Funny, warm, and fresh, Kolari’s Connected Parenting is, hands down, the most effective parenting system of our generation. This book will bring out the very best in your child. Put simply, this book changed my life
If you too agonize—Why can’t he just say ‘okay mommy’, this book is for you. An extra challenging child is a gift; Jennifer Kolari helps you learn how to cherish it. Her empathetic ‘mirroring’ strategy works on the most wound up child—even on husbands! And now it’s in print, so we can’t forget the techniques. Jennifer Kolari helped steer us toward more effective parenting of the challenging child, so we could focus on the joyful gifts rather than the problems. If you need a reason to read it, turn to the back page—and Kolari’s poignant questions: What do I want my children to remember about their childhood? And, even scarier, What do I want my children to remember about me? Parenting doesn’t come with a textbook—Connected Parenting is close to it.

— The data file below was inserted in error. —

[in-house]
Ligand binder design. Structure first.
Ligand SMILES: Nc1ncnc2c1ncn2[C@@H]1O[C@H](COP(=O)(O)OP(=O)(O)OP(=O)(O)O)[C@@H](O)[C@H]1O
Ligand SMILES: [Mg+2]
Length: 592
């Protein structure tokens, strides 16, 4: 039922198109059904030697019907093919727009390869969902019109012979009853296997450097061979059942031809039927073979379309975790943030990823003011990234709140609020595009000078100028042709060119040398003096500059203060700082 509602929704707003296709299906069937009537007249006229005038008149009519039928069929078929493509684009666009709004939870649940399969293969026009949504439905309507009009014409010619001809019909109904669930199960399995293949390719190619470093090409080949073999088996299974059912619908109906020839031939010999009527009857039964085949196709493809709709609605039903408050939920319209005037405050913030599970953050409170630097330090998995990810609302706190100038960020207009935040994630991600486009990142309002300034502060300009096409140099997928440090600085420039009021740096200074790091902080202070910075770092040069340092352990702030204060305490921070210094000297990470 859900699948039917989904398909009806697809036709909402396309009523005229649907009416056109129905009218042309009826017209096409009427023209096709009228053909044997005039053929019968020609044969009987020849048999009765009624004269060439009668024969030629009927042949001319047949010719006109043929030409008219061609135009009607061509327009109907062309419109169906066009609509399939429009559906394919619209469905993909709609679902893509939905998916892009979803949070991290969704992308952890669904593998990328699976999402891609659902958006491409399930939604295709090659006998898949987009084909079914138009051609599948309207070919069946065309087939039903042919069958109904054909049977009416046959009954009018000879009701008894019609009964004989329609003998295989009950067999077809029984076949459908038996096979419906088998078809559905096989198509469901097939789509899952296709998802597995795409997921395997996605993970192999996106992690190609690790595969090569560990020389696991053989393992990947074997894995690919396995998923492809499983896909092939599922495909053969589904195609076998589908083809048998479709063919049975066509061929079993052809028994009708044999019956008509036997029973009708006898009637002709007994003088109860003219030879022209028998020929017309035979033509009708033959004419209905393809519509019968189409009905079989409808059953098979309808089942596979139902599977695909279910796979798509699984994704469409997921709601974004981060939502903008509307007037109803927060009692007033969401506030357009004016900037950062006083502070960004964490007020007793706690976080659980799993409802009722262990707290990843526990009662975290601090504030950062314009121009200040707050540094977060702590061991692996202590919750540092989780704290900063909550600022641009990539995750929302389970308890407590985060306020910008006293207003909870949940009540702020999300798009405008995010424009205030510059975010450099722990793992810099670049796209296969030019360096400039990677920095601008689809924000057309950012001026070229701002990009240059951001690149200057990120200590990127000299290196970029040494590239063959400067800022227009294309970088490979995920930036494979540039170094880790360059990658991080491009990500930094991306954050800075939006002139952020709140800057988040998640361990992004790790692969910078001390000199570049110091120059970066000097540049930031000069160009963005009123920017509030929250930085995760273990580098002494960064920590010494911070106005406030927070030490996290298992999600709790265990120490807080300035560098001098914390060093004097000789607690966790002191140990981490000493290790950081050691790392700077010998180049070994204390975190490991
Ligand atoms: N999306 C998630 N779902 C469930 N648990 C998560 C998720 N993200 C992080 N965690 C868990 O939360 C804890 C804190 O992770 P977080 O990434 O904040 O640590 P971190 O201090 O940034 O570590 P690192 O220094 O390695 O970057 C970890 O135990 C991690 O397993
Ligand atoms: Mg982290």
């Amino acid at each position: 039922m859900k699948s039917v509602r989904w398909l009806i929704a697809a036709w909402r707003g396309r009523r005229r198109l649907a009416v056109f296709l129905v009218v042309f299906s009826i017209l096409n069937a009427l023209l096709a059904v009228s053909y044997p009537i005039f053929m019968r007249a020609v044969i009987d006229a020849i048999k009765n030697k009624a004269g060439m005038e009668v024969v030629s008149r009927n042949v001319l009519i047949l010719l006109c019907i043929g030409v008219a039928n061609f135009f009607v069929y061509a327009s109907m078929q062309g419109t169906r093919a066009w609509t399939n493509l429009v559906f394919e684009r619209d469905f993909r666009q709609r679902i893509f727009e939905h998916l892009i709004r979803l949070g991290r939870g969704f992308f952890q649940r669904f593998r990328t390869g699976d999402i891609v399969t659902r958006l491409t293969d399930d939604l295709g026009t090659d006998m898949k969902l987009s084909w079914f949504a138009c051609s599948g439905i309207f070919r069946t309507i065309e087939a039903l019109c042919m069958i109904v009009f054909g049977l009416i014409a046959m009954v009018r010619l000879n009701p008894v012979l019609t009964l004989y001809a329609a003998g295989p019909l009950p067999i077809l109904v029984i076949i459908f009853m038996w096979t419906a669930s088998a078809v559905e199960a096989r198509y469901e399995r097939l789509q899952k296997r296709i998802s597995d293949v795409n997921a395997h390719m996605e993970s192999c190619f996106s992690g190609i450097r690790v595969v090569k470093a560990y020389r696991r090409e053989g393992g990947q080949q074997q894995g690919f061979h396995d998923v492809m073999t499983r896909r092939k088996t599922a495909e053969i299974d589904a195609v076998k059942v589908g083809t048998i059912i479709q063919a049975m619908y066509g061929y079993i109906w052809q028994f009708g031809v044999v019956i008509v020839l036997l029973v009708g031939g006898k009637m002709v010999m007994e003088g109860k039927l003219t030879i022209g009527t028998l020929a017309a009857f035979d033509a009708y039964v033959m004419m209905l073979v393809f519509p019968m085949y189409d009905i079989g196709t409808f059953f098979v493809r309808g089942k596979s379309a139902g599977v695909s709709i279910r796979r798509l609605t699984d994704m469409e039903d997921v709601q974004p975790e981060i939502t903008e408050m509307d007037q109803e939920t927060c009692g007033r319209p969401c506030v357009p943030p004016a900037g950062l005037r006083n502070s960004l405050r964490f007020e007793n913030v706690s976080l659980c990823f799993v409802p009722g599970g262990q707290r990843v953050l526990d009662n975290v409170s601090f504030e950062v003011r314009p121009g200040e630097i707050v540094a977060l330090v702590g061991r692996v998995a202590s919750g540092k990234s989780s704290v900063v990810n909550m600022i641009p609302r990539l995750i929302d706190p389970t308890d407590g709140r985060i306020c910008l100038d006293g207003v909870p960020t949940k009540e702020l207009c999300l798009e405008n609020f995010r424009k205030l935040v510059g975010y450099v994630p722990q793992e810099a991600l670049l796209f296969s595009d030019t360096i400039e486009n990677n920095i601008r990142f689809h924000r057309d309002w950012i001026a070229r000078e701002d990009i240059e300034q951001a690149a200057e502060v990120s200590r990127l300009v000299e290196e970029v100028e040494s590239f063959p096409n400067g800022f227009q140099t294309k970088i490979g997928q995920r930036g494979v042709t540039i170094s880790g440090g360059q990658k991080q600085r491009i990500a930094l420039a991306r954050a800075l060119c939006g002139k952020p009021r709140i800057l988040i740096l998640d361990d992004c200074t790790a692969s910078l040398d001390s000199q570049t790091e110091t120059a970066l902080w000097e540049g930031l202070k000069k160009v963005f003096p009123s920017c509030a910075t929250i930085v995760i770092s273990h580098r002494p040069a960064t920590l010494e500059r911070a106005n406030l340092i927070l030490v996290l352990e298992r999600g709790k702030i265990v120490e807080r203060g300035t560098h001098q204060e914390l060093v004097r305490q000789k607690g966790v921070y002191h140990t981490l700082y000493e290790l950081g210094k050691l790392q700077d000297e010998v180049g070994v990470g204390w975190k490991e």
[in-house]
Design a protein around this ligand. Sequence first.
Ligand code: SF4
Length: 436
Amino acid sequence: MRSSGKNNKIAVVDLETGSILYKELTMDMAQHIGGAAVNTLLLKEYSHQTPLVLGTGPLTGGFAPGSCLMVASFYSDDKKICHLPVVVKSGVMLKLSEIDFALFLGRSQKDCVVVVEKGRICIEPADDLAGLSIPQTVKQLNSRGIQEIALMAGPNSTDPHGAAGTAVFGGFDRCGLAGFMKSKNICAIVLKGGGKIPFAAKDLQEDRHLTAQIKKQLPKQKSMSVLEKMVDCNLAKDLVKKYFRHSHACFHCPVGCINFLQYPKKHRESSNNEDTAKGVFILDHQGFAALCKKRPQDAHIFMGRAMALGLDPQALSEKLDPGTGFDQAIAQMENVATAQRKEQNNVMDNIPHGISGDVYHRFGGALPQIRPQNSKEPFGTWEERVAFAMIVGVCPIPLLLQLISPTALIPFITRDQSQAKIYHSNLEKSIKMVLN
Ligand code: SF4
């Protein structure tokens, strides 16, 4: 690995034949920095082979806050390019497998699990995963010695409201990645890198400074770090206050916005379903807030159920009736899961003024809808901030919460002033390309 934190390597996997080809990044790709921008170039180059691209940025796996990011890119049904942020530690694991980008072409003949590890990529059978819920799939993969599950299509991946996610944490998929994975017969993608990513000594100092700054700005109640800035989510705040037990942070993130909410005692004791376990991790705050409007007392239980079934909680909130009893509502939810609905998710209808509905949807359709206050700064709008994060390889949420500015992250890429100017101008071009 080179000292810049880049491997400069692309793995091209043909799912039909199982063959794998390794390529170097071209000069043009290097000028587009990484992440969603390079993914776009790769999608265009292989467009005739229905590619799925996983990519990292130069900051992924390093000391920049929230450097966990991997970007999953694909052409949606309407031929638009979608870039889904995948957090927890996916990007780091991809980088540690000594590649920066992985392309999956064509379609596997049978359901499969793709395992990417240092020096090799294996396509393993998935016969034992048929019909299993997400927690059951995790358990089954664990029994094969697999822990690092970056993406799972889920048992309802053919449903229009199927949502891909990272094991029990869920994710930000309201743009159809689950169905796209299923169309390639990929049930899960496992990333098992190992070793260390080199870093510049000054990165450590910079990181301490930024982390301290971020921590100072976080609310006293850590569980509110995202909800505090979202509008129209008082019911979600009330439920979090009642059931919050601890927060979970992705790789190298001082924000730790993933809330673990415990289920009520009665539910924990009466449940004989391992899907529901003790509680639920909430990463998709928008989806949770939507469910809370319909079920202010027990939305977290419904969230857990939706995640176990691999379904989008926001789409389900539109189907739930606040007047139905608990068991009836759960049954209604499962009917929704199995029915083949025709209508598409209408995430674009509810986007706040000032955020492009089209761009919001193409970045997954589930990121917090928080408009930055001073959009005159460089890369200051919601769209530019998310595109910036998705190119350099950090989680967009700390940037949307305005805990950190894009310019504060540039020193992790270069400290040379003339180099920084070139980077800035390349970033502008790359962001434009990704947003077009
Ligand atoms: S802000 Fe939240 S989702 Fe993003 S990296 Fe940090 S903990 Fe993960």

Jennifer Kolari has taken her exceptional gifts as a child therapist and made them accessible to a wider audience. More than any other parenting book I have read, Connected Parentingoffers parents a framework by which they can demonstrate and communicate a deep understanding of their child’s inner emotional life. Calming your child and in particular mirroring, are much more than mere techniques. These are the building blocks of loving, enduring relationships.
Have a teenager? Then I highly recommend this book. Jennifer Kolari’s CALM techniques to connect with your teen are not only simple but based on cutting-edge research